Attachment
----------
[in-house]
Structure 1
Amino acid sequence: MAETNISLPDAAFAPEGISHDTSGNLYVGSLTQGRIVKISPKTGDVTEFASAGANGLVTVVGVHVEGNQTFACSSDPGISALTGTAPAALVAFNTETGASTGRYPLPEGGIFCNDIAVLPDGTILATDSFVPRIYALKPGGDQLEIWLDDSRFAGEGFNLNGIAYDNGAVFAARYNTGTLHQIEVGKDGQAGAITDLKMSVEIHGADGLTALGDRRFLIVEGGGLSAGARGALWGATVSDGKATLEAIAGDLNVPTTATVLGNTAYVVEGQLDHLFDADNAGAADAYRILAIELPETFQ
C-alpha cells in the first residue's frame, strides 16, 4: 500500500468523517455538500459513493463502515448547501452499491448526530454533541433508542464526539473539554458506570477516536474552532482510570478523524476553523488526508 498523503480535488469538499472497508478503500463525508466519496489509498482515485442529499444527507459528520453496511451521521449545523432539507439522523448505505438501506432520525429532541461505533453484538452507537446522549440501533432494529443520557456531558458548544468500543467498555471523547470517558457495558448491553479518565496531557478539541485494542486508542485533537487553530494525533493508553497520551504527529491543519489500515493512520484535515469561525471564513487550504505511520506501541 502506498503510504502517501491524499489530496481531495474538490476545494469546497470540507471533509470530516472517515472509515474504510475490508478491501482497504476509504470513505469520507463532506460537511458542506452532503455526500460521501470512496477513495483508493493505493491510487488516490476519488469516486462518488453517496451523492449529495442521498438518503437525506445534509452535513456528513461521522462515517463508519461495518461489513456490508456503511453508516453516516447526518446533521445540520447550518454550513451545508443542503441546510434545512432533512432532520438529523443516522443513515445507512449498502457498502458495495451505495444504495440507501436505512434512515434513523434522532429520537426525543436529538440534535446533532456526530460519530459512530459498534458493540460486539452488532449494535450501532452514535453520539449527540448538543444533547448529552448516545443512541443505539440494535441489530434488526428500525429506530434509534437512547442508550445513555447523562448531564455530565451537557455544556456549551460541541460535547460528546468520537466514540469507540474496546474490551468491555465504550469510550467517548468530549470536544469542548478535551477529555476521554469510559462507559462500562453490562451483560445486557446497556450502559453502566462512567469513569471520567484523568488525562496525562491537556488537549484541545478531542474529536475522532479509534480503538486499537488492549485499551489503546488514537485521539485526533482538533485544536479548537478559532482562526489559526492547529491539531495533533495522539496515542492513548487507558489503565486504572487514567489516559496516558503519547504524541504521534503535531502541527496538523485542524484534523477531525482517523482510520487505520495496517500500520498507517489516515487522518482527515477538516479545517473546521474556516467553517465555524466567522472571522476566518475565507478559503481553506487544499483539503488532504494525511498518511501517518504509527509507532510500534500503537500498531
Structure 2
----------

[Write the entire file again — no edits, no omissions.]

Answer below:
[in-house]
Structure 1
Amino acid sequence: MAETNISLPDAAFAPEGISHDTSGNLYVGSLTQGRIVKISPKTGDVTEFASAGANGLVTVVGVHVEGNQTFACSSDPGISALTGTAPAALVAFNTETGASTGRYPLPEGGIFCNDIAVLPDGTILATDSFVPRIYALKPGGDQLEIWLDDSRFAGEGFNLNGIAYDNGAVFAARYNTGTLHQIEVGKDGQAGAITDLKMSVEIHGADGLTALGDRRFLIVEGGGLSAGARGALWGATVSDGKATLEAIAGDLNVPTTATVLGNTAYVVEGQLDHLFDADNAGAADAYRILAIELPETFQ
C-alpha cells in the first residue's frame, strides 16, 4: 500500500468523517455538500459513493463502515448547501452499491448526530454533541433508542464526539473539554458506570477516536474552532482510570478523524476553523488526508 498523503480535488469538499472497508478503500463525508466519496489509498482515485442529499444527507459528520453496511451521521449545523432539507439522523448505505438501506432520525429532541461505533453484538452507537446522549440501533432494529443520557456531558458548544468500543467498555471523547470517558457495558448491553479518565496531557478539541485494542486508542485533537487553530494525533493508553497520551504527529491543519489500515493512520484535515469561525471564513487550504505511520506501541 502506498503510504502517501491524499489530496481531495474538490476545494469546497470540507471533509470530516472517515472509515474504510475490508478491501482497504476509504470513505469520507463532506460537511458542506452532503455526500460521501470512496477513495483508493493505493491510487488516490476519488469516486462518488453517496451523492449529495442521498438518503437525506445534509452535513456528513461521522462515517463508519461495518461489513456490508456503511453508516453516516447526518446533521445540520447550518454550513451545508443542503441546510434545512432533512432532520438529523443516522443513515445507512449498502457498502458495495451505495444504495440507501436505512434512515434513523434522532429520537426525543436529538440534535446533532456526530460519530459512530459498534458493540460486539452488532449494535450501532452514535453520539449527540448538543444533547448529552448516545443512541443505539440494535441489530434488526428500525429506530434509534437512547442508550445513555447523562448531564455530565451537557455544556456549551460541541460535547460528546468520537466514540469507540474496546474490551468491555465504550469510550467517548468530549470536544469542548478535551477529555476521554469510559462507559462500562453490562451483560445486557446497556450502559453502566462512567469513569471520567484523568488525562496525562491537556488537549484541545478531542474529536475522532479509534480503538486499537488492549485499551489503546488514537485521539485526533482538533485544536479548537478559532482562526489559526492547529491539531495533533495522539496515542492513548487507558489503565486504572487514567489516559496516558503519547504524541504521534503535531502541527496538523485542524484534523477531525482517523482510520487505520495496517500500520498507517489516515487522518482527515477538516479545517473546521474556516467553517465555524466567522472571522476566518475565507478559503481553506487544499483539503488532504494525511498518511501517518504509527509507532510500534500503537500498531
Structure 2